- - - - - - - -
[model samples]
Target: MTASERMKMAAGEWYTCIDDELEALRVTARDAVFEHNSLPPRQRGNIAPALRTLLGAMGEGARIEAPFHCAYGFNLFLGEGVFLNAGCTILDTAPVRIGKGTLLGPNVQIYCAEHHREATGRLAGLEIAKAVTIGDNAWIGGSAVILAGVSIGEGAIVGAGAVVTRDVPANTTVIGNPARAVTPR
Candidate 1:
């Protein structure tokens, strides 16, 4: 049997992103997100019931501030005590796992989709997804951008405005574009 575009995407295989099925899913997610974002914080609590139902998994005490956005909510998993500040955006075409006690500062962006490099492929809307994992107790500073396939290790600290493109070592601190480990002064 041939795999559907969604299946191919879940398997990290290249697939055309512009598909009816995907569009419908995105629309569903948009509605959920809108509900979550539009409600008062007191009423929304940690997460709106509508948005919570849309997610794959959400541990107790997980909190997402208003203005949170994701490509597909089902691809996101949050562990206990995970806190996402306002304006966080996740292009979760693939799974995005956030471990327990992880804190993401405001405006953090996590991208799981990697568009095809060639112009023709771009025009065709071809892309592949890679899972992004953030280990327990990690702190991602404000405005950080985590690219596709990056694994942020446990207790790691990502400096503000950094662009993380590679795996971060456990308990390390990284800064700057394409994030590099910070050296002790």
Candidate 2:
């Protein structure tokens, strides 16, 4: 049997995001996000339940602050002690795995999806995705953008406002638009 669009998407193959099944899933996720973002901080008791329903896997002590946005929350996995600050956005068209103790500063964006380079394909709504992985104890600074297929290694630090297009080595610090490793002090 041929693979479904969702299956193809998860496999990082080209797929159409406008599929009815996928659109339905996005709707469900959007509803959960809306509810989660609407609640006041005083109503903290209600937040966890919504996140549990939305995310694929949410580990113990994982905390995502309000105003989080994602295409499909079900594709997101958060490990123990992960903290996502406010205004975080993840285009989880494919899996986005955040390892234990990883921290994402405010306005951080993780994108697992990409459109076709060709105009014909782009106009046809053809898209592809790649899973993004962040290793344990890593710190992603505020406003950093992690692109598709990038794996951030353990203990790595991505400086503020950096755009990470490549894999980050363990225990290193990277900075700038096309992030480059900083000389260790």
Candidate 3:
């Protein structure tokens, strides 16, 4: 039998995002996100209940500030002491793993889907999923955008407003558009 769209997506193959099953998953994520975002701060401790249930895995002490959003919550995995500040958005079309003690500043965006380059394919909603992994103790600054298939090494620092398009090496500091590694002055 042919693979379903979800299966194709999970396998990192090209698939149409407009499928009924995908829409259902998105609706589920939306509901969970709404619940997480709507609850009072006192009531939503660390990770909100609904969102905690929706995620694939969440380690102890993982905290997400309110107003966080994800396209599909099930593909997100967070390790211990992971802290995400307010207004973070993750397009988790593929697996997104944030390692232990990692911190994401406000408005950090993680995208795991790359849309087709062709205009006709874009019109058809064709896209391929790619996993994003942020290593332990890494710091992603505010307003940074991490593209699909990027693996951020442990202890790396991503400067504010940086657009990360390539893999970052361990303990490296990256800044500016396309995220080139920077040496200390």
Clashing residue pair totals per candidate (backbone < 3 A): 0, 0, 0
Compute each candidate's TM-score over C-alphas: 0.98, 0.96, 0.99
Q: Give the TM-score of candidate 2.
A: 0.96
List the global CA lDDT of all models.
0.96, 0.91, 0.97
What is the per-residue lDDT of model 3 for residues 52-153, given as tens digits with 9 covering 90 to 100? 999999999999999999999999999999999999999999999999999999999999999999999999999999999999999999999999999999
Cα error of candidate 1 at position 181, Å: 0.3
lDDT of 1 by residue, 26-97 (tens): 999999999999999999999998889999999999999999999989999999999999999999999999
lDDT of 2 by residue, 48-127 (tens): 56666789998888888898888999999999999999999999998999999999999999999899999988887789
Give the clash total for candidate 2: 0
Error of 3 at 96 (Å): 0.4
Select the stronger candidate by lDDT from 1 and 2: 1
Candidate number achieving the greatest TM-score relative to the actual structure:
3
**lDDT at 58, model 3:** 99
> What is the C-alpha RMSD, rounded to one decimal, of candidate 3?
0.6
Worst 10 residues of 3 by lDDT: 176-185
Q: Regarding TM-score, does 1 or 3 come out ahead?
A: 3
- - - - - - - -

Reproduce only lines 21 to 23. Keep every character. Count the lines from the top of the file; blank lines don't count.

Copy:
Select the stronger candidate by lDDT from 1 and 2: 1
Candidate number achieving the greatest TM-score relative to the actual structure:
3